You see, we go way back with workaholic organiser Magpie Johnston and his wife Jessica through Dashville and the old-school music pub we own and operate in Maitland, the Grand Junction, the revered Junkyard. Magpie played in our front bar alongside his brother, Dan, with their high school band Johnny Real and the Lovemakers all those years ago. They are still playing regular gigs for us and our loyalists with their latest acts, Magpie Diaries and Baghead. Ours is a love affair that endures. Mutual admiration on a common path with the best bands in the country providing the soundtrack in our respective lounge rooms. Sounds perfect, doesn’t it
Reviewing all 35 bands over the next three days demands a novella rather than a page in the roots gospel that is Rhythms, but I’ll do my best to infect you with the peaceful, easy feeling of the escape by espousing my own personal highlights from a festival that features not a single dud. Fair dinkum, the programming is that good. Quality from the very top shelf borne of good ears and a willingness to take risks in the name of surprising a trusting audience.
James Ellis and the Jealous Guys, a rollicking, rag-tag collection of Melbourne veterans with a pedigree that includes touring acts The Hello Morning, Big Smoke and Eagle and the Worm, among others, set the tone early on day one with a late afternoon set that owes as much to the honkytonk homeliness of Jerry Lee and country classicism of Merle Haggard as it does to anything of a more modernist bent.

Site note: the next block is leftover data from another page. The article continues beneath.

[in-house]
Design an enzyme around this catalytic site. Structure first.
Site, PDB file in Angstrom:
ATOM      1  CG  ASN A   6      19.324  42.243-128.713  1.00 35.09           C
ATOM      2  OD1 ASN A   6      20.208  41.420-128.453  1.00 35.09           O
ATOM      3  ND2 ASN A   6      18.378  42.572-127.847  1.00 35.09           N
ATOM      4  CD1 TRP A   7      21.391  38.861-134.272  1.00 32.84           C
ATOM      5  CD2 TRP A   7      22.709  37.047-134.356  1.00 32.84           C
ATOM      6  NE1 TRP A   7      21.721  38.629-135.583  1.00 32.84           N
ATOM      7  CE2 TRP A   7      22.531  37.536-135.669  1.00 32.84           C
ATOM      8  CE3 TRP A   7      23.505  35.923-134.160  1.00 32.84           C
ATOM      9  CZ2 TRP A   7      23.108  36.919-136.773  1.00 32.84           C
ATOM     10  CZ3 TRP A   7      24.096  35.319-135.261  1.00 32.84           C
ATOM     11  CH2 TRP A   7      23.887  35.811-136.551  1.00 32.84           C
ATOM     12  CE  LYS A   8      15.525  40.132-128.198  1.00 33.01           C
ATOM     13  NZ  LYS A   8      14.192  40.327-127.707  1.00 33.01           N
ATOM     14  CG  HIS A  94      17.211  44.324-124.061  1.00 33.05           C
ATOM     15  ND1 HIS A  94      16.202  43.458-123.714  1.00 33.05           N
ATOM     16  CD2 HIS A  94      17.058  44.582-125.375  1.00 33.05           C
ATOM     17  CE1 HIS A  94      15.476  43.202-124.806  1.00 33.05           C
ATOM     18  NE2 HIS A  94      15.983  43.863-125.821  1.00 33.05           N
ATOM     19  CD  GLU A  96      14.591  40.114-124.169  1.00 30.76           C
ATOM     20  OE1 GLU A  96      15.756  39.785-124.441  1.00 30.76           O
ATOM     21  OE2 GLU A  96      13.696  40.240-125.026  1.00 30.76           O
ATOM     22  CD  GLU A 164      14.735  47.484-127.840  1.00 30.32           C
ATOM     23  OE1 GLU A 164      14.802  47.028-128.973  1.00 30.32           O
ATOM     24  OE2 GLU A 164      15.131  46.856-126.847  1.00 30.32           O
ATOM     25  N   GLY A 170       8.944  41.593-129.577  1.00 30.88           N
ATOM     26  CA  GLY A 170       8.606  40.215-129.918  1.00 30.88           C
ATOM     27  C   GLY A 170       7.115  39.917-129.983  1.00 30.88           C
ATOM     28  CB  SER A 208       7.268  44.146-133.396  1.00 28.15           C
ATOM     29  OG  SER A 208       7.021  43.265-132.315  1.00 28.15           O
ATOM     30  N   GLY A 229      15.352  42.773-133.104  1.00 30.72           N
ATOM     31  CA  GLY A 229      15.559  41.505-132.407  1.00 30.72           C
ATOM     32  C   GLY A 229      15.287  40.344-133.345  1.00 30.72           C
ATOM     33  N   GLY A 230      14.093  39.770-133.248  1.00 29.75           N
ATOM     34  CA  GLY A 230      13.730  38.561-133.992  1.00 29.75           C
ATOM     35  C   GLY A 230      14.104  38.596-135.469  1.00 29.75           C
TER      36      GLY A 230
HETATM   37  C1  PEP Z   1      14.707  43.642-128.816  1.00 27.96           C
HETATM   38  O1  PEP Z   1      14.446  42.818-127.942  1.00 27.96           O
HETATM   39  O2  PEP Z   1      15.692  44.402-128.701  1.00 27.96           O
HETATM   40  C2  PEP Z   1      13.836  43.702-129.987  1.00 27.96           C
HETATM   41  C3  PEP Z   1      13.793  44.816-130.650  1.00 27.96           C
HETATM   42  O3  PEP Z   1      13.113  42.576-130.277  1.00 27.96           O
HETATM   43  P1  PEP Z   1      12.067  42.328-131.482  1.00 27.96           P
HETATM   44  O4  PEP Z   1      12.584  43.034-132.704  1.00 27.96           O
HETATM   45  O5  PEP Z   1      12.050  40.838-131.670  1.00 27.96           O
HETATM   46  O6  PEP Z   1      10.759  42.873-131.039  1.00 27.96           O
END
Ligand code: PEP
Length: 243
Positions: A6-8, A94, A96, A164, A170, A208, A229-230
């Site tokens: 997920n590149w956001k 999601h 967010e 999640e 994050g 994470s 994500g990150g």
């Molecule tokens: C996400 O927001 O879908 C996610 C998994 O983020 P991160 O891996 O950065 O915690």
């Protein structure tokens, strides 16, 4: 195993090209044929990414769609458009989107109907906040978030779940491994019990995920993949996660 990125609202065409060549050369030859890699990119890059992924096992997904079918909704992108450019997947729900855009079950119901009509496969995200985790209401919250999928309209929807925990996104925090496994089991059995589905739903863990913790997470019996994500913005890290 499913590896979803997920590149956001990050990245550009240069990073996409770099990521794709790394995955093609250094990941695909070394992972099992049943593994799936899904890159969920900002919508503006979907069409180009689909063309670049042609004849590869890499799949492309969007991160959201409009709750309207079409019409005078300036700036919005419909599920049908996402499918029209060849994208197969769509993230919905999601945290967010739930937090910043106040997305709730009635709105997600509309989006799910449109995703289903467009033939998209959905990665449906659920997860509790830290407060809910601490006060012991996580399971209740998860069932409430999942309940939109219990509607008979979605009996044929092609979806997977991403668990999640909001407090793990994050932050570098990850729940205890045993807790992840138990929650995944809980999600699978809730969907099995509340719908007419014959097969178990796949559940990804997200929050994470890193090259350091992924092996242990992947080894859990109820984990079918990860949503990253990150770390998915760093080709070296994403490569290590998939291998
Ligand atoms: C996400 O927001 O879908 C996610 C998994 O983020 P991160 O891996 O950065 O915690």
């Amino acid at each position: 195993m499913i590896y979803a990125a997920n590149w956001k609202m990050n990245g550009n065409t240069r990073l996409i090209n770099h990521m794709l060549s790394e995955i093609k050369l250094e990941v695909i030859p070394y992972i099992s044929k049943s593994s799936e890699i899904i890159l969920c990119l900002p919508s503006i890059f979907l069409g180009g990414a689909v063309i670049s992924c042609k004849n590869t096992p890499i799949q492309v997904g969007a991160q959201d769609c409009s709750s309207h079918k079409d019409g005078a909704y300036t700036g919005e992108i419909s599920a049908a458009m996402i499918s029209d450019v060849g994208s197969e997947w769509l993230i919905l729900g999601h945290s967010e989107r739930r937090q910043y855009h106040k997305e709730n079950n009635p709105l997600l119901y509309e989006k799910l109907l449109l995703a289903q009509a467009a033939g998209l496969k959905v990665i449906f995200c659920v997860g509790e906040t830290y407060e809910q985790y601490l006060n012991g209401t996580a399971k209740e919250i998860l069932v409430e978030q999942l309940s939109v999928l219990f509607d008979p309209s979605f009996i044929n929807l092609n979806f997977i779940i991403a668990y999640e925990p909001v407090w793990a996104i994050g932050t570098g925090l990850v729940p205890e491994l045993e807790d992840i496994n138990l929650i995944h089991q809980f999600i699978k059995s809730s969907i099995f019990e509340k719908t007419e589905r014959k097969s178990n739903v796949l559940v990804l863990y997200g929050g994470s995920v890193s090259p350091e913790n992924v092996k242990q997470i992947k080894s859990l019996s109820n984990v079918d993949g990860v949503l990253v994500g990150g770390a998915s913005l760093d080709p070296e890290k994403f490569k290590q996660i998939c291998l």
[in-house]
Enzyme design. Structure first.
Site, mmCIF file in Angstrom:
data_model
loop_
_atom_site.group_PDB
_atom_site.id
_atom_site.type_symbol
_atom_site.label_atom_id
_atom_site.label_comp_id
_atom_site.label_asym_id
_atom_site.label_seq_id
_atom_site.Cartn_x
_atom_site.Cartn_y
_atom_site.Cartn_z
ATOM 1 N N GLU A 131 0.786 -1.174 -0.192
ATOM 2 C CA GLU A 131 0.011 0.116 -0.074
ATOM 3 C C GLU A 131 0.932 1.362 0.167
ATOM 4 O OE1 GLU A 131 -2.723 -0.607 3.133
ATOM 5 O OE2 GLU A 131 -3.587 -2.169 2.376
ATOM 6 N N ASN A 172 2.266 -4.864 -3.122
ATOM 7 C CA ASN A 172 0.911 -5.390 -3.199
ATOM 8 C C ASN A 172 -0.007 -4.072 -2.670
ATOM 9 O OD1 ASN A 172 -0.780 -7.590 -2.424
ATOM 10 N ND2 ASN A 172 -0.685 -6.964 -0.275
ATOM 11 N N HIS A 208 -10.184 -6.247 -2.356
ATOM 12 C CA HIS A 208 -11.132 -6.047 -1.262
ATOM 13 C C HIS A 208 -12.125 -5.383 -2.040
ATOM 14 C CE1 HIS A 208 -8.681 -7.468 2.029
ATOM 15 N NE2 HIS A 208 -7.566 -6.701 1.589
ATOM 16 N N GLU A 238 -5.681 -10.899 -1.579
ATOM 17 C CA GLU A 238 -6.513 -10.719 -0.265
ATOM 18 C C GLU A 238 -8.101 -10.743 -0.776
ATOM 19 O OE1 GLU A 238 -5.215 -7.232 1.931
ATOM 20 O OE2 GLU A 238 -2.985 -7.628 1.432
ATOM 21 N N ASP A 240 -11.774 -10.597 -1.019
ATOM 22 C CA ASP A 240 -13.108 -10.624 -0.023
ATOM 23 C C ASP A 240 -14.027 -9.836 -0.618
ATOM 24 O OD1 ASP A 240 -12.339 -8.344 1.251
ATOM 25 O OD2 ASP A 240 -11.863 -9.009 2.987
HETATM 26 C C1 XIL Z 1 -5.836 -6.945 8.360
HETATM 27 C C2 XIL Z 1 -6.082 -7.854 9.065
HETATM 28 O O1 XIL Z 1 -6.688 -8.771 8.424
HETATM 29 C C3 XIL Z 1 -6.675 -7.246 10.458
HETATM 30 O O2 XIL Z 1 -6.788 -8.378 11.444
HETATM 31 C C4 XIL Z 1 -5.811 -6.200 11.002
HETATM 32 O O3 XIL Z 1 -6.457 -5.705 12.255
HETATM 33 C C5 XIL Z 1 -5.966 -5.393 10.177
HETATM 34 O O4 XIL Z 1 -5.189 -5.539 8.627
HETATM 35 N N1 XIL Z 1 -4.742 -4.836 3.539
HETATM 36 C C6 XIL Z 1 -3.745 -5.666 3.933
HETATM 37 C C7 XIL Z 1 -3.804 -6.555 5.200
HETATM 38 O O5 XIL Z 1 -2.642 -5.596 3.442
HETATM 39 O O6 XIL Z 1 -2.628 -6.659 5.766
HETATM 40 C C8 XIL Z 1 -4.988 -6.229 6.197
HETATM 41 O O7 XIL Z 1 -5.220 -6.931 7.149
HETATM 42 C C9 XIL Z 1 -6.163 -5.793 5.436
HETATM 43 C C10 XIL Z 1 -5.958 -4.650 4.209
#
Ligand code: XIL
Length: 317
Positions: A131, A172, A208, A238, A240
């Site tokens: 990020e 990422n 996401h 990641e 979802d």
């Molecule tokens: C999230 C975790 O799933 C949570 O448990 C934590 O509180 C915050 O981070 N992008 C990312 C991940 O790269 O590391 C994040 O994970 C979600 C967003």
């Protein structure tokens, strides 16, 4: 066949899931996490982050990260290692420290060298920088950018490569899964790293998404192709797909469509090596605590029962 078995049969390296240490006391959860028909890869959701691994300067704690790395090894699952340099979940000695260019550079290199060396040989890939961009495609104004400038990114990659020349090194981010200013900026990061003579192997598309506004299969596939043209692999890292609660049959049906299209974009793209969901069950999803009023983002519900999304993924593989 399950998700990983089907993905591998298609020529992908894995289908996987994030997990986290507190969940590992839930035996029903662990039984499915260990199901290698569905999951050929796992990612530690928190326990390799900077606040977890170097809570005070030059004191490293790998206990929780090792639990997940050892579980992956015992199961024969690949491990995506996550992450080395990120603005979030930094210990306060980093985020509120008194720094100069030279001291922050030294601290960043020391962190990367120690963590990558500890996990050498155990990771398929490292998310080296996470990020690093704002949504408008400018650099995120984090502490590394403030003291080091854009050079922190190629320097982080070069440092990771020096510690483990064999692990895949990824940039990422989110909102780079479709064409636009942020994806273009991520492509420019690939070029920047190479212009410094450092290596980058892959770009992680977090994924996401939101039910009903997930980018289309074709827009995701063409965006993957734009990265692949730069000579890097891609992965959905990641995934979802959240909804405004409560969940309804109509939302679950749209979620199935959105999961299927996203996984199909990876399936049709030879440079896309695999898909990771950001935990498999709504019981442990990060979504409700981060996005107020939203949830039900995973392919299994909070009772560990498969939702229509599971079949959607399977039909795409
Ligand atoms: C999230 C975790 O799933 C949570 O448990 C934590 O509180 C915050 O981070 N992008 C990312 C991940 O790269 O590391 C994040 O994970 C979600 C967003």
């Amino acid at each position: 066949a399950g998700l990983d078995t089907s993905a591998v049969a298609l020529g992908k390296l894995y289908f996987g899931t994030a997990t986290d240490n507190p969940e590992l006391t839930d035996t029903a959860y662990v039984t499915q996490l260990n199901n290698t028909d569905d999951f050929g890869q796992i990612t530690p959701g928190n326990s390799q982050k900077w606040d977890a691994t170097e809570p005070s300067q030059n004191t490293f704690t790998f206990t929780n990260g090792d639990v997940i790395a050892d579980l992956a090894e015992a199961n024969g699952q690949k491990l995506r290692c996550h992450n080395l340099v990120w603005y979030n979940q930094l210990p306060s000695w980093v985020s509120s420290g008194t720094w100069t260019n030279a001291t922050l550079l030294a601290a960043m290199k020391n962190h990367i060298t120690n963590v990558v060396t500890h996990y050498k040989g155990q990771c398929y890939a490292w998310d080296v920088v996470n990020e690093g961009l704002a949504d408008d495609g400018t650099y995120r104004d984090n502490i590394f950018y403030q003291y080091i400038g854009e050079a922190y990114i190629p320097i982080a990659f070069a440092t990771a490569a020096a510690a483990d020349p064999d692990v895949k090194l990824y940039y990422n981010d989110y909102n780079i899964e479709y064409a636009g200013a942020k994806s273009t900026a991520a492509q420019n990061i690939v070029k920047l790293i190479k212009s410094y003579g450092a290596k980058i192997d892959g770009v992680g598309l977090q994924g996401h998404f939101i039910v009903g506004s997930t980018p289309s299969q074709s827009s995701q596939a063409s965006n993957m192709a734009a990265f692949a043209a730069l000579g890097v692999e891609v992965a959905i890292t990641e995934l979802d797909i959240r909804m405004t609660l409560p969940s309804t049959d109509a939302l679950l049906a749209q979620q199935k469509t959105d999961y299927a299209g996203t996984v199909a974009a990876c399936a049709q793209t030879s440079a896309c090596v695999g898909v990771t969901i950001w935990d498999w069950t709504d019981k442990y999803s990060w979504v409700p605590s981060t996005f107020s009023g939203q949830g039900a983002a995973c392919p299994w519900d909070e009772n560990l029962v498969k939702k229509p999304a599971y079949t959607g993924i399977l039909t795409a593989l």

The mighty William Crighton brings the curtain down with a thunderous performance featuring the dual drum and percussion work of Matt Sherrod and Reuben Alexander. I’ve seen the exponential growth of this distinctly Australian talismanic storyteller and bandleader from close quarters and the thing that impresses me most is his refusal to go through the motions. Songs old and new are blank canvases for wanton exploration. Crighton challenges, beguiles, soothes in lock-step with brother Luke on bass and wife Julienne on vocals and harmonies. Luke is one rough beast ever slouching towards Bethlehem to be born. The bloke is like a slab of ironbark, a flame opal, beautifully raw and unvarnished. Julienne’s vocals, haunting, sublime, share some mystical communion with mournful bush curlews and whispering ghost gums.
Day two dawns bright blue and sultry, a gentle rustle in the treetops and the sweet bluegrass of Gleny Rae and her Playboys on the intimate veranda stage calling the sleepy to arms with much more subtlety than that distant cocksure rooster who was lunging it at full throttle for a good hour or so well before the sun and the kookaburras.